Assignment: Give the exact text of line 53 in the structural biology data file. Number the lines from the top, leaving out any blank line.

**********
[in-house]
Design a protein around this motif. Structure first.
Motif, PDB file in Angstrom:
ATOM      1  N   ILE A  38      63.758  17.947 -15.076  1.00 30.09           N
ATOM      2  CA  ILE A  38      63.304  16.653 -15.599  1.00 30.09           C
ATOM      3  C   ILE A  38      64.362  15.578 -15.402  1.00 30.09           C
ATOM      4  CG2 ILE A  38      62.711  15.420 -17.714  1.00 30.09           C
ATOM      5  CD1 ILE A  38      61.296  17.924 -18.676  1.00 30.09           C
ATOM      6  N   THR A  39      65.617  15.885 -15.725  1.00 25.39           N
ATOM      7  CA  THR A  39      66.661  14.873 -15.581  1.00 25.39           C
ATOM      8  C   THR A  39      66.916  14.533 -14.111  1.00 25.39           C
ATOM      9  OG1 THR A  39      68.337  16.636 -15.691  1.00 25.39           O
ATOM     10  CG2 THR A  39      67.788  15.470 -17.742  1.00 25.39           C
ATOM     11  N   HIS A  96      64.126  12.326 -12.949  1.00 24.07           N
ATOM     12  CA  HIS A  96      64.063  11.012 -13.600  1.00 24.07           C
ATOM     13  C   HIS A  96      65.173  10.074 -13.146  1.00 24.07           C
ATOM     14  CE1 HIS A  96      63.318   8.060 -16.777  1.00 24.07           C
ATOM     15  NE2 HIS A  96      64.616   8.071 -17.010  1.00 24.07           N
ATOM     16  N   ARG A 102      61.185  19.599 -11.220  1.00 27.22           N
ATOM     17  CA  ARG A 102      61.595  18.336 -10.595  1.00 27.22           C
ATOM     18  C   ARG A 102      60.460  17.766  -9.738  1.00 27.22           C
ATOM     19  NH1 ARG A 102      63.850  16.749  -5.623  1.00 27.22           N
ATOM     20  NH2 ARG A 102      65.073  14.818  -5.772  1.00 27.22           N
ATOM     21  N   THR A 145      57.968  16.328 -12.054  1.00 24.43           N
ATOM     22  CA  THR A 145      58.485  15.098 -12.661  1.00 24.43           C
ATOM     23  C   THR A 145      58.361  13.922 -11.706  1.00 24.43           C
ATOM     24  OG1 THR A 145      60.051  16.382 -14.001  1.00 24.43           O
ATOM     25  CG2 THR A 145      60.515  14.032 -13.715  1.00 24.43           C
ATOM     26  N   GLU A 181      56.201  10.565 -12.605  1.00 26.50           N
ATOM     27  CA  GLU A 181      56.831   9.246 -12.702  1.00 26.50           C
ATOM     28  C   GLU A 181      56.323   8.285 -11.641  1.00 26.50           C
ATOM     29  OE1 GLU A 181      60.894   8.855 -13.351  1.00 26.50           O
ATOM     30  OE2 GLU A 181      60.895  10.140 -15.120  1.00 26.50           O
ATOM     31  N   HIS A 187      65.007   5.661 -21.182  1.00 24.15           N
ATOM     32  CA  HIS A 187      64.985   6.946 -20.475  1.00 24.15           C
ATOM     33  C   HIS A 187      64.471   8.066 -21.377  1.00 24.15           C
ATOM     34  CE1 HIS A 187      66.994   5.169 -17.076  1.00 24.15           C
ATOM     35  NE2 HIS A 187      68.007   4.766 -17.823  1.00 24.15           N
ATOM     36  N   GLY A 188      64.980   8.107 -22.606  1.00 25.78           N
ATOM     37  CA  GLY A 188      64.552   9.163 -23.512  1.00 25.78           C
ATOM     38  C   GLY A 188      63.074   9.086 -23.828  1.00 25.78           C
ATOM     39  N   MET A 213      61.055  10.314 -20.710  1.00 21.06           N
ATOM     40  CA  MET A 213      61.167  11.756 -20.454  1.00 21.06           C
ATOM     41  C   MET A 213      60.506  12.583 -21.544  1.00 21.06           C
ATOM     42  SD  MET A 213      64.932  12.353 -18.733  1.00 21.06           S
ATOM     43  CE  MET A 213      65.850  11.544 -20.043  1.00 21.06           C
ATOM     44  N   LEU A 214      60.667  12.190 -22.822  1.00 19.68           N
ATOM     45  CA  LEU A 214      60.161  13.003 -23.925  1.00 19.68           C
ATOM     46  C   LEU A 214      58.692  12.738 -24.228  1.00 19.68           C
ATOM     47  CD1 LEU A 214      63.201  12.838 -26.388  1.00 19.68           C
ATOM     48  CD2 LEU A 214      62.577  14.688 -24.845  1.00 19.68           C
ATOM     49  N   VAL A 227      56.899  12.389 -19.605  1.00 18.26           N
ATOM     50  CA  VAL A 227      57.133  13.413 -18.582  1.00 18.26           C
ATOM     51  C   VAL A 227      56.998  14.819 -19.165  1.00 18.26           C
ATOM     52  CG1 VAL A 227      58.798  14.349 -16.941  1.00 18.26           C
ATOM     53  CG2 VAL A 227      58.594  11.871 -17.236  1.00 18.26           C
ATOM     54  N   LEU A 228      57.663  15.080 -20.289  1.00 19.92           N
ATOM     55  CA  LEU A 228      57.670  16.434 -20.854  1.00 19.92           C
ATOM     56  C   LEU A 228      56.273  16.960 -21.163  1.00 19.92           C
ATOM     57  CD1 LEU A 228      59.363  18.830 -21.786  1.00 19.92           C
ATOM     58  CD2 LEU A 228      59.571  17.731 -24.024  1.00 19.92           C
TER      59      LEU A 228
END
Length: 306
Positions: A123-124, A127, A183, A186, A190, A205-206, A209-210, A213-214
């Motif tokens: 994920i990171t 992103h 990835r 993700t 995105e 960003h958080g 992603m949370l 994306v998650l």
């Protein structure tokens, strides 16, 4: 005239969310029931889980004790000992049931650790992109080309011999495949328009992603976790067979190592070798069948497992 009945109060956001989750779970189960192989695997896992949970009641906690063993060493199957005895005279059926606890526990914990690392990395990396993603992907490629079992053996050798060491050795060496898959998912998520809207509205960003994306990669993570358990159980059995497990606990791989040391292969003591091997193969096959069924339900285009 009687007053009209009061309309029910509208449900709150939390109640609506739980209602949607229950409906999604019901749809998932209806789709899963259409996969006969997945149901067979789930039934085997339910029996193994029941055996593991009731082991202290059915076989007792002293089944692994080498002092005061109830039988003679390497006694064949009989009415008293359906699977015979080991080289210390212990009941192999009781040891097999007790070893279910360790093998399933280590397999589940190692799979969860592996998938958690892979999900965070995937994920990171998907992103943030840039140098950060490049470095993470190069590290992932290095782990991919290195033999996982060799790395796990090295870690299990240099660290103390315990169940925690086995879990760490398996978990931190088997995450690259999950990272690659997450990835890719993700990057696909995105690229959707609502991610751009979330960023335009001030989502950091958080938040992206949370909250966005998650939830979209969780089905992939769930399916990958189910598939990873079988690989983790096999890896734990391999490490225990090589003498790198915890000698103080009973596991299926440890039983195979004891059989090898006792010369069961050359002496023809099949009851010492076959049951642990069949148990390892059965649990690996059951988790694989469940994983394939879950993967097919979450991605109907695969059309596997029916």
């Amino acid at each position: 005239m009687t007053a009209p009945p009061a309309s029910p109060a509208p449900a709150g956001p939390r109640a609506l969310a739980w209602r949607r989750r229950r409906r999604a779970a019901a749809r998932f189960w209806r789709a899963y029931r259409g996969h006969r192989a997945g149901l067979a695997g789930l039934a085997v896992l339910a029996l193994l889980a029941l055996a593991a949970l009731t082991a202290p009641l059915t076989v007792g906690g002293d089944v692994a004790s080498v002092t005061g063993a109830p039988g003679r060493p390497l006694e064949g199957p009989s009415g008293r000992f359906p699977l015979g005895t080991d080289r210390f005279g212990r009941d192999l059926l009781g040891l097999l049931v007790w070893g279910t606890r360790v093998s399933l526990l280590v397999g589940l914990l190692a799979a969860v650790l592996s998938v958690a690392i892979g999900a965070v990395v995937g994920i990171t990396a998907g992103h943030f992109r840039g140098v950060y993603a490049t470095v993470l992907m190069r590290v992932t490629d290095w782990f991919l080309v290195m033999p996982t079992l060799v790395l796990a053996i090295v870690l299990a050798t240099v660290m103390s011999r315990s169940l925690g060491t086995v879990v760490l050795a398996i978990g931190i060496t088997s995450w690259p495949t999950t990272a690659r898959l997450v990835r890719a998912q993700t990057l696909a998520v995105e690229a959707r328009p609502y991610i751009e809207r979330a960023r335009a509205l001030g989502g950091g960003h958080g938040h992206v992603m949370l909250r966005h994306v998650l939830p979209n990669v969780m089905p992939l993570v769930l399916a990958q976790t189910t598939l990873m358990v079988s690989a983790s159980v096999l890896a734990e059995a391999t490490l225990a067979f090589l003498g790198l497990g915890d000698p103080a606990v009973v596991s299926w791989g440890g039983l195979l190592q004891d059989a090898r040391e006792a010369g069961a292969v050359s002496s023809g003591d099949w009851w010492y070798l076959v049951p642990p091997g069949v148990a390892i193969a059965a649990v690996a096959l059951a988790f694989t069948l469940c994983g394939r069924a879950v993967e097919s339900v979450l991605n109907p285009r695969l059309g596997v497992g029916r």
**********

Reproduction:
ATOM     50  CA  VAL A 227      57.133  13.413 -18.582  1.00 18.26           C